From the Washington Post by Michael E. Miller
It was a moment of turmoil, when a school became a lightning rod for debates about American values and the Constitution. At the center of it all was a clutch of students, their teenage faces beamed across the country by television cameras. But no sooner had they emerged as heroes than they were branded as phonies.
The year was 1957.
Sixty-one years before teens at Marjory Stoneman Douglas High School in Parkland, Fla., would survive a mass shooting only to be labeled “crisis actors,” the nine African American teens who braved racist crowds to enroll in Little Rock Central High School in Arkansas were also accused of being impostors.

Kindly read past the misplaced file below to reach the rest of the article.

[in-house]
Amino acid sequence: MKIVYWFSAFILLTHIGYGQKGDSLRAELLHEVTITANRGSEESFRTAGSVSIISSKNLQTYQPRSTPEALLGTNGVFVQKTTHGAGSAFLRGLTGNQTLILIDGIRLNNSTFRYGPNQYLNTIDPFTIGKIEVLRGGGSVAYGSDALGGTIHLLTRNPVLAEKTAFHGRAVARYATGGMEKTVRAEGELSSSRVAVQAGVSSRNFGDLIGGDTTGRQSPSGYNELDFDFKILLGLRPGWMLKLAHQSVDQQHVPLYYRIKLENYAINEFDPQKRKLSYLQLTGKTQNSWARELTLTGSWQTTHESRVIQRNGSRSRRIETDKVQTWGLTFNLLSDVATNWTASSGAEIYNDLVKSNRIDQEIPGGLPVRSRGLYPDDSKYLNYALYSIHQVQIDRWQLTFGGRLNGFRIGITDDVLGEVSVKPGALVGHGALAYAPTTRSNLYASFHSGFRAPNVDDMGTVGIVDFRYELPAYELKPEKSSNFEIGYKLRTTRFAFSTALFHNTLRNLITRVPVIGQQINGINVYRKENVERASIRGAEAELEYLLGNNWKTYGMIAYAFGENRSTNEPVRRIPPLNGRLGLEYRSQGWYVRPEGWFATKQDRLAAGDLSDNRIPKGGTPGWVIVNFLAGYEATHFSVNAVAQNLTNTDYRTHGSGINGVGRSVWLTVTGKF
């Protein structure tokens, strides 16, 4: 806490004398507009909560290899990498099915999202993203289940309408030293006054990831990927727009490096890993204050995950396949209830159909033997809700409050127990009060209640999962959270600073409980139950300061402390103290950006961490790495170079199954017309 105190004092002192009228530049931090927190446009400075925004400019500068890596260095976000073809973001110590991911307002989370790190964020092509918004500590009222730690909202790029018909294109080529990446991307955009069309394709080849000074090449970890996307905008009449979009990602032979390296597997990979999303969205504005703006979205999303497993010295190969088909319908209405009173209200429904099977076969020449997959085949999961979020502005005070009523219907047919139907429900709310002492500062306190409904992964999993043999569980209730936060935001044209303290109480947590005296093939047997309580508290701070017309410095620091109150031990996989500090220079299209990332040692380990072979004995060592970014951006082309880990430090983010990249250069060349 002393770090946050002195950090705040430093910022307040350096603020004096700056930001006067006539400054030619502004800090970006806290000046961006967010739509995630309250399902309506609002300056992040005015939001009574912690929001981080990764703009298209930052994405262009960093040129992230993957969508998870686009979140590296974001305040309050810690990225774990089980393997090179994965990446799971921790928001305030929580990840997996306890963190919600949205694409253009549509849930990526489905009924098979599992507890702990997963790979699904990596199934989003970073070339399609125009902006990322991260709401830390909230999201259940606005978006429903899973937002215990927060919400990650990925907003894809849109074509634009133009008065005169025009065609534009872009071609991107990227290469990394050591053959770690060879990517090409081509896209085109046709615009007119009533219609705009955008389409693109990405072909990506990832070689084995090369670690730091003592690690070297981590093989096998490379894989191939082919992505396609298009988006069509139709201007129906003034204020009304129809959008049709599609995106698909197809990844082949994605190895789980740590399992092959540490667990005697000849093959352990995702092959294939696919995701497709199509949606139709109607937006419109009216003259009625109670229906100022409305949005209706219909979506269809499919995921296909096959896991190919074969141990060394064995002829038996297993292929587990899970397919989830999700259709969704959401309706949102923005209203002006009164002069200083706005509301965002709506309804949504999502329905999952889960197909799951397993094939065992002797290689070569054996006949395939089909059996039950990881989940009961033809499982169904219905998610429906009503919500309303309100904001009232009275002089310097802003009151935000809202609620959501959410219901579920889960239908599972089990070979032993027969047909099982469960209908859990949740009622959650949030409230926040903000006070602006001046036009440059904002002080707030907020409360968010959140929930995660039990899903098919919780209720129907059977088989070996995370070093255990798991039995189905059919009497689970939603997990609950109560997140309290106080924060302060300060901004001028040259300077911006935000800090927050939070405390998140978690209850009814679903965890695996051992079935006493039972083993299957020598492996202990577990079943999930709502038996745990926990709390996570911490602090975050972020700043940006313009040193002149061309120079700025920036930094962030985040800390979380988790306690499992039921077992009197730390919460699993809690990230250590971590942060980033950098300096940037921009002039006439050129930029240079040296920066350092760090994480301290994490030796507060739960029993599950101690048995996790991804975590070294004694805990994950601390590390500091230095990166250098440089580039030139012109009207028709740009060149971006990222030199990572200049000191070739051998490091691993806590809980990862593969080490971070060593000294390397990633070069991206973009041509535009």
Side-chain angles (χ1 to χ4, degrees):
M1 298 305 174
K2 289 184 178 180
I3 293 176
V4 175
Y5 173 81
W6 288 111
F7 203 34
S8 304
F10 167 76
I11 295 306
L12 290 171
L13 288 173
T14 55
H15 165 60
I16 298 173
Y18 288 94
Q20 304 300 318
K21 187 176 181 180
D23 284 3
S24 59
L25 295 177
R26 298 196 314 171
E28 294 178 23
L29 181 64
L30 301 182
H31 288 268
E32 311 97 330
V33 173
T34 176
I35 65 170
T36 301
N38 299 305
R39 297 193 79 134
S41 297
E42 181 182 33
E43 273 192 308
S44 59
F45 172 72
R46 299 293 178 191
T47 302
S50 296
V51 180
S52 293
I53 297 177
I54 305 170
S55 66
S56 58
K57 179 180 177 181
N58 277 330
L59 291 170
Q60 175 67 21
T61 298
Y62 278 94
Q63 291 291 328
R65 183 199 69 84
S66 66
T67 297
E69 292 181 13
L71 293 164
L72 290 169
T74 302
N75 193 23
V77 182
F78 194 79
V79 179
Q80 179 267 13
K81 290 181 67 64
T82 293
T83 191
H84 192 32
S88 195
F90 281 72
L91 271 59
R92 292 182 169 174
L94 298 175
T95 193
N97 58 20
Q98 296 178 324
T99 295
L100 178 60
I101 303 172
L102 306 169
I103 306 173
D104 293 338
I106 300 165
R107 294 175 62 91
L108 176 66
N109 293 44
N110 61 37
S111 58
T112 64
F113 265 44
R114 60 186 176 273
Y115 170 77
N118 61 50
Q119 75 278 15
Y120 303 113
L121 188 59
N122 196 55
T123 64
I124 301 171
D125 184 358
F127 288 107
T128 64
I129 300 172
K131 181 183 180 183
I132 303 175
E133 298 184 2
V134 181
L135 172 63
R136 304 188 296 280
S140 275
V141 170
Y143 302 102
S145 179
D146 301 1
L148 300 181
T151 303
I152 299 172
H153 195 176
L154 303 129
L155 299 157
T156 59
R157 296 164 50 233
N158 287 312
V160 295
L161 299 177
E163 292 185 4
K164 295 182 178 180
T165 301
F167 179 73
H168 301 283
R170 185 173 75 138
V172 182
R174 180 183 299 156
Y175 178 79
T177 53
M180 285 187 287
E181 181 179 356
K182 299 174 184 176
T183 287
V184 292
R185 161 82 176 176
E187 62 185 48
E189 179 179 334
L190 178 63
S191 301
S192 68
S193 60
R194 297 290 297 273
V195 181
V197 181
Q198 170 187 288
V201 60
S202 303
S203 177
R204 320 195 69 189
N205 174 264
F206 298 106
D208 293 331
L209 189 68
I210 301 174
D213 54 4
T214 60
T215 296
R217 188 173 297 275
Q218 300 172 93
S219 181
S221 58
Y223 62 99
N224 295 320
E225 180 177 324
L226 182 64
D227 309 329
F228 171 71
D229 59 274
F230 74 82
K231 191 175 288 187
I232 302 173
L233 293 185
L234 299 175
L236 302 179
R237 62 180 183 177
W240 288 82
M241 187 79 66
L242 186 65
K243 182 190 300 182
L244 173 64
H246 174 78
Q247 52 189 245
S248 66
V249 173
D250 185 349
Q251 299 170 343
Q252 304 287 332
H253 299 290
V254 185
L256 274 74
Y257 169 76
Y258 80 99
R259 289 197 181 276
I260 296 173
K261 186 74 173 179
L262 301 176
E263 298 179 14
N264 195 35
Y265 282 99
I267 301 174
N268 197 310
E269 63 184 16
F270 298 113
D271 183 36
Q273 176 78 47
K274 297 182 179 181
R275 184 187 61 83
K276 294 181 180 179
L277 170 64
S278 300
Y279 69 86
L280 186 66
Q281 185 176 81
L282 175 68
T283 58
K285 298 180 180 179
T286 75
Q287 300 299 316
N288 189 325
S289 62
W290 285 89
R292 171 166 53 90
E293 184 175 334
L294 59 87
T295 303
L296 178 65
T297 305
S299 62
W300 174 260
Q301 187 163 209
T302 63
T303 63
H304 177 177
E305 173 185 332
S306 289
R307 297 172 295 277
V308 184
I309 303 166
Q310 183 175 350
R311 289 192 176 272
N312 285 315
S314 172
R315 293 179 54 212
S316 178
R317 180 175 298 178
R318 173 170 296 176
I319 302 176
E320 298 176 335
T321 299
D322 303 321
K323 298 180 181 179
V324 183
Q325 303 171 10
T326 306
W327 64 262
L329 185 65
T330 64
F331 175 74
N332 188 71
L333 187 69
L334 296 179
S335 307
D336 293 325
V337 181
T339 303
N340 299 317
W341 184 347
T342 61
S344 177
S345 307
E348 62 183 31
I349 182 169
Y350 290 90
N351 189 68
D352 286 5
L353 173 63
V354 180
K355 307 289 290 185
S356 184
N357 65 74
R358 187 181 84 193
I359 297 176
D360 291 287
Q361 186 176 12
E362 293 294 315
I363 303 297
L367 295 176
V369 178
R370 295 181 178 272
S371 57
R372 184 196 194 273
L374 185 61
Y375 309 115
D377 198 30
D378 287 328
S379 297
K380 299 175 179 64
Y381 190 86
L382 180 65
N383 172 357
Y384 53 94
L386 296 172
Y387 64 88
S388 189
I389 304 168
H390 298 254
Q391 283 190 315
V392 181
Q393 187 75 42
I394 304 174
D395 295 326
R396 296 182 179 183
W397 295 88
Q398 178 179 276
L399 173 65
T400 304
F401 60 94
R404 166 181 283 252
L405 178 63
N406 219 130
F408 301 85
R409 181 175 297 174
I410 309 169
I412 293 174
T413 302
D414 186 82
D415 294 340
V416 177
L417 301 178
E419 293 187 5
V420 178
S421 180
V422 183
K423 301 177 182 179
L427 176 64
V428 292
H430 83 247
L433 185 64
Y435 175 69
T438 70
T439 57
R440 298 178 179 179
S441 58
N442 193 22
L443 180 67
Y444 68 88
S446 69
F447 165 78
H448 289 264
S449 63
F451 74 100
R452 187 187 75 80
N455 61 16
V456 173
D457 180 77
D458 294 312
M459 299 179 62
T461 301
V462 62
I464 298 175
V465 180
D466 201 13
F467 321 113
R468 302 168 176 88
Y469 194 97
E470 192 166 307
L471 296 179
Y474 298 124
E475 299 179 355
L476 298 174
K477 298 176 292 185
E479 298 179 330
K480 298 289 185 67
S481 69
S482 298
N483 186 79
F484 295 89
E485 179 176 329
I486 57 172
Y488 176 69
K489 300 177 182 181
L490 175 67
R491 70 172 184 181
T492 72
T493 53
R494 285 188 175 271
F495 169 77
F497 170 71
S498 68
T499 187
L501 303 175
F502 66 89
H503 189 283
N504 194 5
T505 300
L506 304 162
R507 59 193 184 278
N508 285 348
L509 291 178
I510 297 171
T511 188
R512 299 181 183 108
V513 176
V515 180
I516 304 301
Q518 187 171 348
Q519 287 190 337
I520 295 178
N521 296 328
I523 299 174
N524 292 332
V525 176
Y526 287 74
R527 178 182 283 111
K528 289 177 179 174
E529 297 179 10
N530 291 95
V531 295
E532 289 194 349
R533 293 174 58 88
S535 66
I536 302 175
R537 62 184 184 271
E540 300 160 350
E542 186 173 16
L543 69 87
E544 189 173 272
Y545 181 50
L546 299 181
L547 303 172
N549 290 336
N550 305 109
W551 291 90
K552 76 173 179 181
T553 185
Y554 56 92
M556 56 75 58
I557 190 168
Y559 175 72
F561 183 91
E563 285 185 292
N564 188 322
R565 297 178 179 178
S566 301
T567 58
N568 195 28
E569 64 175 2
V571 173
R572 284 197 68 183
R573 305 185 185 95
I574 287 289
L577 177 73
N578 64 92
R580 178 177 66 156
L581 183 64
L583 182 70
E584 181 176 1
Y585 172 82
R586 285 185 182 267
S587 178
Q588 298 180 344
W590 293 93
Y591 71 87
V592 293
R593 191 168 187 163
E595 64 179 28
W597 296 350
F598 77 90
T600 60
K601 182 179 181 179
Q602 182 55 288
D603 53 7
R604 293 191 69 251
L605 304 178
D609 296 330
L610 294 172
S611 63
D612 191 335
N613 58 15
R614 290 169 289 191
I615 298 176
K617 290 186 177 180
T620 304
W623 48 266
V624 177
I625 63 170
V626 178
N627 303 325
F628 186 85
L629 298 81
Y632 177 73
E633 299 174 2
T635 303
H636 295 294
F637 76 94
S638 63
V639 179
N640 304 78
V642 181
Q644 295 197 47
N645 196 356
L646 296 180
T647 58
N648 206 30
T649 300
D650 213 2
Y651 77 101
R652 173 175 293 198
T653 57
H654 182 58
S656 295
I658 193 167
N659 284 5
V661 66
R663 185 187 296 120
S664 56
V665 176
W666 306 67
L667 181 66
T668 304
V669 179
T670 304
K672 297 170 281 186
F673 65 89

False rumors that the Little Rock Nine were paid protesters even forced the NAACP to issue a statement condemning the stories as “pure propaganda.” The students were not, in fact, “imported” from the North, said the NAACP’s Clarence A. Laws, but rather the children of local residents, including veterans.
Categories: United States History